People stay where they’re from. So people who leave are different.
It’s easy for those of us who have left the farm to look back at those rooted through a long lens. They aren’t like us. And we aren’t like them.
We pretend we don’t understand them, but, without much effort, we could. Since they are us, and we are them.
I grew up in what is now a desert of empty boxes of buildings that once housed three shifts. Of wide boulevards that once moved those shift workers and now cracked by weeds pushing through concrete. The factories and roads are being reclaimed by nature.
Then there is the other nature. The nature of expectations. People, most of them men-people, were expecting to fill those three shifts. Like their fathers, uncles and even grandfathers did. The work was a grind, day-in day-out in a noisy factory, but you earned enough money to raise your family, an awesome health package, a little cottage near a lake and a minor discount on next year’s model. You married your high school sweetheart. You went out with the guys after shift. You did your part.
But now, instead of a cold one on your dock, you’re the protagonist in a Springsteen ode.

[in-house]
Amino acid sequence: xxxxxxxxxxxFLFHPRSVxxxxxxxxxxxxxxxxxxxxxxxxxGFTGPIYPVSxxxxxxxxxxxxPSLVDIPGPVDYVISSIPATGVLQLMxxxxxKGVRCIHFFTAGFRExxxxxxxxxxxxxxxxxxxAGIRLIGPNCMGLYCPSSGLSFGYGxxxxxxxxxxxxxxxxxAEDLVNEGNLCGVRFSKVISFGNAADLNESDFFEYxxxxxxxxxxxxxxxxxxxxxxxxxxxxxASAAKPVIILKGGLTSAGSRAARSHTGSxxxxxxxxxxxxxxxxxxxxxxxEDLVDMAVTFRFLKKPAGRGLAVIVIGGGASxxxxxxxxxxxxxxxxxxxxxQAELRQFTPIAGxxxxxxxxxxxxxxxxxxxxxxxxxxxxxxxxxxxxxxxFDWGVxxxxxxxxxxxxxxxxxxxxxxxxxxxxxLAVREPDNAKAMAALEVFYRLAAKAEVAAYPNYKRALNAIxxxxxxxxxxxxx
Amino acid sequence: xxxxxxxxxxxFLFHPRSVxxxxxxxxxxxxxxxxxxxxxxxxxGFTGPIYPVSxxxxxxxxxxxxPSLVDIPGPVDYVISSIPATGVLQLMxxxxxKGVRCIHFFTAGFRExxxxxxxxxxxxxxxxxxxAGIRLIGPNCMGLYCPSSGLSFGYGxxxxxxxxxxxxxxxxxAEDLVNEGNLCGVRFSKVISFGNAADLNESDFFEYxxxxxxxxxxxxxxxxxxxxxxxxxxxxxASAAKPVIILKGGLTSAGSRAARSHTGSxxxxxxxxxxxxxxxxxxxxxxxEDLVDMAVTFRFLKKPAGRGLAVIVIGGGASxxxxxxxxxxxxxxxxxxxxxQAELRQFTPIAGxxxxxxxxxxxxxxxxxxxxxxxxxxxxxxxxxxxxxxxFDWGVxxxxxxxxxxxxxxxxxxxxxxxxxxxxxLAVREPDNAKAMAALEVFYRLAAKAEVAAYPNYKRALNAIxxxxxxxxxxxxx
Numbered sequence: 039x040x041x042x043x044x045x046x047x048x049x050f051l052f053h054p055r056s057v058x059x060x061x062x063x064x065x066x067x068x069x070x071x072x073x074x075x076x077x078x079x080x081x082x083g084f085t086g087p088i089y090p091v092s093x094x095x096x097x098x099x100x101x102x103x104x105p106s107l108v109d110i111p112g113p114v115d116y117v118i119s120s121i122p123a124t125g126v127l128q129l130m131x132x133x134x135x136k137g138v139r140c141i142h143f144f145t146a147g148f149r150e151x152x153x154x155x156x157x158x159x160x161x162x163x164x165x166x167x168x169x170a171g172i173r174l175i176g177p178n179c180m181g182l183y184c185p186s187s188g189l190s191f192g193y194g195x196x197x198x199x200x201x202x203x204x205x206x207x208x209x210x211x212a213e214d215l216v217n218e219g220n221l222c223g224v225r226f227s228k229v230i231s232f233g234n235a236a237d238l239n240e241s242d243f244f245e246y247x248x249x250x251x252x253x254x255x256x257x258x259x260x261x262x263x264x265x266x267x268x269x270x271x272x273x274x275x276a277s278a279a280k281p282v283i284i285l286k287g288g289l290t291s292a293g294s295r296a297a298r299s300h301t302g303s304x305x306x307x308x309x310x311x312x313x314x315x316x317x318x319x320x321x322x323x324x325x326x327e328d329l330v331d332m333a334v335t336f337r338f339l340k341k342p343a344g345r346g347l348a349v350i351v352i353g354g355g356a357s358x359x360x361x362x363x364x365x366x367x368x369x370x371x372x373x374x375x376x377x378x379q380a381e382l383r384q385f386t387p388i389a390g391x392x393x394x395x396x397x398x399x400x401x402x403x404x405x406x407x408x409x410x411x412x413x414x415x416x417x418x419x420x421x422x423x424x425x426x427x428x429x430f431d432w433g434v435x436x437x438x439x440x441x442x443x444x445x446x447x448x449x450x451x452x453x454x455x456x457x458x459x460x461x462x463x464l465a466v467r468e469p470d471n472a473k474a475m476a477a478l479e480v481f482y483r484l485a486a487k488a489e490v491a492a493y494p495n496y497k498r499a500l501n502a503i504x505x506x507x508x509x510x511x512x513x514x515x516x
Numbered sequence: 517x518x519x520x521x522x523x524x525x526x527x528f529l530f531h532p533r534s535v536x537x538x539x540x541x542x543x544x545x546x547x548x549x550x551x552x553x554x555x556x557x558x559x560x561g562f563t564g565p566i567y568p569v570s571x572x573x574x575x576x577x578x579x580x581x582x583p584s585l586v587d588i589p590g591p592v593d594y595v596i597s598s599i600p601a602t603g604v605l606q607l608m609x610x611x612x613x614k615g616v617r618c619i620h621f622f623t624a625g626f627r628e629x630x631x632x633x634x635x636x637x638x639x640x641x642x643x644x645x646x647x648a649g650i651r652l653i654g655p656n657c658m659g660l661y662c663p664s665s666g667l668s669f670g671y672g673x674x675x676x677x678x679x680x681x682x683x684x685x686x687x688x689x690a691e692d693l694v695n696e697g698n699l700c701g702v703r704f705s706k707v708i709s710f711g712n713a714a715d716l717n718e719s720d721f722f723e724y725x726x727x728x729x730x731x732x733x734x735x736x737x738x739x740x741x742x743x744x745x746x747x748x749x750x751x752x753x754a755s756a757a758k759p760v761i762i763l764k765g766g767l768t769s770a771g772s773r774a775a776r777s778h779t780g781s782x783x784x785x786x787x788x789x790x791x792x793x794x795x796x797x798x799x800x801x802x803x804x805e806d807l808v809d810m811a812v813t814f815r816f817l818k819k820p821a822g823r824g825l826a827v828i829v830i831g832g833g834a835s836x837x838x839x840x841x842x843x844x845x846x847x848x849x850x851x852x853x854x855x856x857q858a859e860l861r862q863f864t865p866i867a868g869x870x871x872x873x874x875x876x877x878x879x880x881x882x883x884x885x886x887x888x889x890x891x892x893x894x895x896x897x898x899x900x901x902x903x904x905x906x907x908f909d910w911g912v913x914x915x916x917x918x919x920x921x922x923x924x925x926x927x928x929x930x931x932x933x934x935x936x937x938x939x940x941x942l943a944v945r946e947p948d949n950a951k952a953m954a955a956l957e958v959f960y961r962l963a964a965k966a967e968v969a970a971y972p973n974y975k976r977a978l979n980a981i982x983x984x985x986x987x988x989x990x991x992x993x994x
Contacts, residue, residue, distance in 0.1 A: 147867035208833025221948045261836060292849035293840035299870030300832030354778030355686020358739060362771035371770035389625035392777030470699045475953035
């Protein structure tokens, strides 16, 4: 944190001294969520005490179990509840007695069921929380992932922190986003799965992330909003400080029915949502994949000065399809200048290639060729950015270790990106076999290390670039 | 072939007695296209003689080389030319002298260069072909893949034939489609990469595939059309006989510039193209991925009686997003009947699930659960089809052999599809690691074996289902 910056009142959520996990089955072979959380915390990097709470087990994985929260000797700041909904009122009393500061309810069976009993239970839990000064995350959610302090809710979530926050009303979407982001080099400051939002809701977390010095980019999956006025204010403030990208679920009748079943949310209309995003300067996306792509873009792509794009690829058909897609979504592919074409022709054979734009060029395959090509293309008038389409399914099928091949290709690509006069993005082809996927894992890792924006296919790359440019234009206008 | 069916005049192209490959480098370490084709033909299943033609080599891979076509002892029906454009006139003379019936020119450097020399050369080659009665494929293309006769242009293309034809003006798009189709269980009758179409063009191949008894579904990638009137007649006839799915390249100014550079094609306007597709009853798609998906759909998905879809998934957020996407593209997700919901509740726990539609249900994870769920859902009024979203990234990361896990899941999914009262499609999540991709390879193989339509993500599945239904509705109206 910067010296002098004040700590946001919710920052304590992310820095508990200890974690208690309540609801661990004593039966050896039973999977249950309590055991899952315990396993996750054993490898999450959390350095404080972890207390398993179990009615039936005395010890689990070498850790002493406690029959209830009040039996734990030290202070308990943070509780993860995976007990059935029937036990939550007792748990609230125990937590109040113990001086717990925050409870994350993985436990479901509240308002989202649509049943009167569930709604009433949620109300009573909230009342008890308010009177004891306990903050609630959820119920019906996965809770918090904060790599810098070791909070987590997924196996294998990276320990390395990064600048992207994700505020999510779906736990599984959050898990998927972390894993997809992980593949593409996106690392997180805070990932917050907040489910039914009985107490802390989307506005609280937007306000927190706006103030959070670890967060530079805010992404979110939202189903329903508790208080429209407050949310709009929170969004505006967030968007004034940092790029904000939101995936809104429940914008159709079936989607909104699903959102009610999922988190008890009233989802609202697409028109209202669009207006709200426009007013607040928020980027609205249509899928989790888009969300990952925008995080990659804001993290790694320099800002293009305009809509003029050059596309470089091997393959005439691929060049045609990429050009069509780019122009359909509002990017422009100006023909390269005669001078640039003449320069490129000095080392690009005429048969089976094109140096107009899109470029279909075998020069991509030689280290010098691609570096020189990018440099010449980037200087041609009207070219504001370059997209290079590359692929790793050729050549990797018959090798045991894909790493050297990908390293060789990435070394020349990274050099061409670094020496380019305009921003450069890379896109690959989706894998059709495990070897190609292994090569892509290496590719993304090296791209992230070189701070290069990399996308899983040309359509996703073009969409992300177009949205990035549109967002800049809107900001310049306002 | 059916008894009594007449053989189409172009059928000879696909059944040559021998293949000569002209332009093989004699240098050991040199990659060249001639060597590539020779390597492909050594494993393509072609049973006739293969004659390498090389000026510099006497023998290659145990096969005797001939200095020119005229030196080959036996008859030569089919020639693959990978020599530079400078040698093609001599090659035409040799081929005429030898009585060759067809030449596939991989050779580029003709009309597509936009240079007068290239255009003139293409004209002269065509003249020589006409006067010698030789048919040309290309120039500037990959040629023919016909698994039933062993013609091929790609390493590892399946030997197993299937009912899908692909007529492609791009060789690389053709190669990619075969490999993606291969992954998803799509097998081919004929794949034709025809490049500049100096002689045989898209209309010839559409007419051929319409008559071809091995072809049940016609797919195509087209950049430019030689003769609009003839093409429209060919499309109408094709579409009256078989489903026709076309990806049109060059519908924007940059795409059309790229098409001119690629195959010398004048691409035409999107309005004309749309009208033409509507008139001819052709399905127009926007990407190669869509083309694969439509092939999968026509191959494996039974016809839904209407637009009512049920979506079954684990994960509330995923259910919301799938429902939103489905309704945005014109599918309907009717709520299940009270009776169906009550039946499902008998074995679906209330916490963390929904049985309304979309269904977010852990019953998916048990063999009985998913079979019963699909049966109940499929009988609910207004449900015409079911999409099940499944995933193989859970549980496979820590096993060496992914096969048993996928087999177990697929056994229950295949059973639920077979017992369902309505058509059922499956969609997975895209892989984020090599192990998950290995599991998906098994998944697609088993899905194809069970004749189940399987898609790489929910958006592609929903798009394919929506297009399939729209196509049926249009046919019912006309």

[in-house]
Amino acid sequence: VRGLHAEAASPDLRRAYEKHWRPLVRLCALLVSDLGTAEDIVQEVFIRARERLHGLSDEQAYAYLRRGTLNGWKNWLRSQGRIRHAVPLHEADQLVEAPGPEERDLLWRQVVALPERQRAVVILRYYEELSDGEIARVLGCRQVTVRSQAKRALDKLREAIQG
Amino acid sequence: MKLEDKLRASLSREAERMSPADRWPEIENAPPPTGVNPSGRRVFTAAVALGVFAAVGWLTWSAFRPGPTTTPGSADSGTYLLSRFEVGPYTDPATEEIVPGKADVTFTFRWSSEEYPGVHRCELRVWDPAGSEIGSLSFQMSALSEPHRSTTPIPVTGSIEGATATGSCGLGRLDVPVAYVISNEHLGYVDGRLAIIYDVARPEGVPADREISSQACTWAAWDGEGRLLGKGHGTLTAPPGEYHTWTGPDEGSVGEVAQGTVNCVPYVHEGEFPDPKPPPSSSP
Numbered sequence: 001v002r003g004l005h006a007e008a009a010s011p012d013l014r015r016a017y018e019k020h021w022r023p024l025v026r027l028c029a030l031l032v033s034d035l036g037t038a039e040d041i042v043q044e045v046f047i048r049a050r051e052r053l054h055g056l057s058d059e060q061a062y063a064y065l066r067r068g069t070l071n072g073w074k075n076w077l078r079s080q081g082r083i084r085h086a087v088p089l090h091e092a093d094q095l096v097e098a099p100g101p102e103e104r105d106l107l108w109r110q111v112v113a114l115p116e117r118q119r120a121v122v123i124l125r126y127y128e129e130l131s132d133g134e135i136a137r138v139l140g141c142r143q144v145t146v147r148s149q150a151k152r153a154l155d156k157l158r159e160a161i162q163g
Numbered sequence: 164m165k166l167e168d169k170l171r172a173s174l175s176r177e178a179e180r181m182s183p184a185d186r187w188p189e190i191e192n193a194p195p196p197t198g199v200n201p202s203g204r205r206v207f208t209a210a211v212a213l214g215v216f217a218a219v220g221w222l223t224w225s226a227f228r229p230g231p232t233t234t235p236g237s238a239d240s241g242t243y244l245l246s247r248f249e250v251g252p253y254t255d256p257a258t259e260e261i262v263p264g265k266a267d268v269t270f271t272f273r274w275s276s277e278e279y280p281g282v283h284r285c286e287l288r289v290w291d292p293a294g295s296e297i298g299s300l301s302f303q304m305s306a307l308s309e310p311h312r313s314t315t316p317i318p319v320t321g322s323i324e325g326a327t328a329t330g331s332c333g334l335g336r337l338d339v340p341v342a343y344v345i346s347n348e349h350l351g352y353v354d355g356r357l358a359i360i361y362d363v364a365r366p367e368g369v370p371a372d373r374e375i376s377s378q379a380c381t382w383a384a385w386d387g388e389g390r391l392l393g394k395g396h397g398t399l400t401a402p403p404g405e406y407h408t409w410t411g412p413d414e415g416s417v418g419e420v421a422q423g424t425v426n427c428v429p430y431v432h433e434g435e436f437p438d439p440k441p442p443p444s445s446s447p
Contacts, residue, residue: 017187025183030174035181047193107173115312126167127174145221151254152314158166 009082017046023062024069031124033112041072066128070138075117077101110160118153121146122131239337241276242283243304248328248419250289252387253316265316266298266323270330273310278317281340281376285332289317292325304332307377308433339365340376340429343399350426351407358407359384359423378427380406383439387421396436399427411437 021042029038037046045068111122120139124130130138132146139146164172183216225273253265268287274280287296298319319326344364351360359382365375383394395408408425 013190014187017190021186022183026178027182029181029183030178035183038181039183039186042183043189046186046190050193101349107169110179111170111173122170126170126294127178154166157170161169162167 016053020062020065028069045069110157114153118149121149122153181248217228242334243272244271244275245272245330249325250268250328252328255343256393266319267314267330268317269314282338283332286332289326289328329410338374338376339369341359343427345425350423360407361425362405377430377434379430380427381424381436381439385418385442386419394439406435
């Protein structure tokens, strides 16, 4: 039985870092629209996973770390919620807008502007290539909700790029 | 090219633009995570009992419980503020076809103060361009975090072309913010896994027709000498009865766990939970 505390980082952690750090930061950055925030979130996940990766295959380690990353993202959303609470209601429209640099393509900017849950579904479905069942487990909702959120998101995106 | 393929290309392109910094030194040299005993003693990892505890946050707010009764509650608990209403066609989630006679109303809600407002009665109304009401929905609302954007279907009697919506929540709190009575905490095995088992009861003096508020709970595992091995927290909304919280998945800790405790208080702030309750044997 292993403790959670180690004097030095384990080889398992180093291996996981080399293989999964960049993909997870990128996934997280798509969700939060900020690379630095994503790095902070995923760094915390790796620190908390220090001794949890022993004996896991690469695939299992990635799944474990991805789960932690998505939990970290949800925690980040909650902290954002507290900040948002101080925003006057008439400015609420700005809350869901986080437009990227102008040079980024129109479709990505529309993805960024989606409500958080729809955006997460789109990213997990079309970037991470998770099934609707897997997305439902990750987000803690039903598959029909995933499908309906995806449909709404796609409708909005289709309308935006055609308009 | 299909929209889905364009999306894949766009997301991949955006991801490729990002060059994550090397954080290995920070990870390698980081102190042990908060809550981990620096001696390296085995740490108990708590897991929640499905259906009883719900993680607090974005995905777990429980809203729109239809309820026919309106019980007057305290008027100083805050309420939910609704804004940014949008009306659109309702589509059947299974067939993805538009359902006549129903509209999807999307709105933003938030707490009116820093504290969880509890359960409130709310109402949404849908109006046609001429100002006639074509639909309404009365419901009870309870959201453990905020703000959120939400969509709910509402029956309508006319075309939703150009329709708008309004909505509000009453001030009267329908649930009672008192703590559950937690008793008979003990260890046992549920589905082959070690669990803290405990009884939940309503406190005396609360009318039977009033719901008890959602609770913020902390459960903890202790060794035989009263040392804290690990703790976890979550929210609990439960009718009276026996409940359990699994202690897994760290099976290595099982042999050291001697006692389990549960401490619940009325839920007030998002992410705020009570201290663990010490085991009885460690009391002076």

And even The Boss doesn’t get you, anymore. He lives in Greenwich. He takes his daughter to dressage competitions. Is that a sport? You played hockey, in the neighbor’s backyard that they flooded after you got your new skates at Christmas.
You never or just barely had a chance at those high-paying factory jobs. You stuck around, waiting for an industry comeback. Instead, the unskilled and semi-skilled jobs that came back paid less. So yeah. You’re disappointed. You’re willing to work hard. But jobs moved across oceans where people get paid pennies and there aren’t all the rules about health and safety and smokestacks that drove work away. The import side of the equation? People from countries not where your people are from with a dollop of terrorism and fear.
Crashed expectations crash into reality.
Those who left are judging those who stayed. Don’t lie. We know them. They are us. And we are them.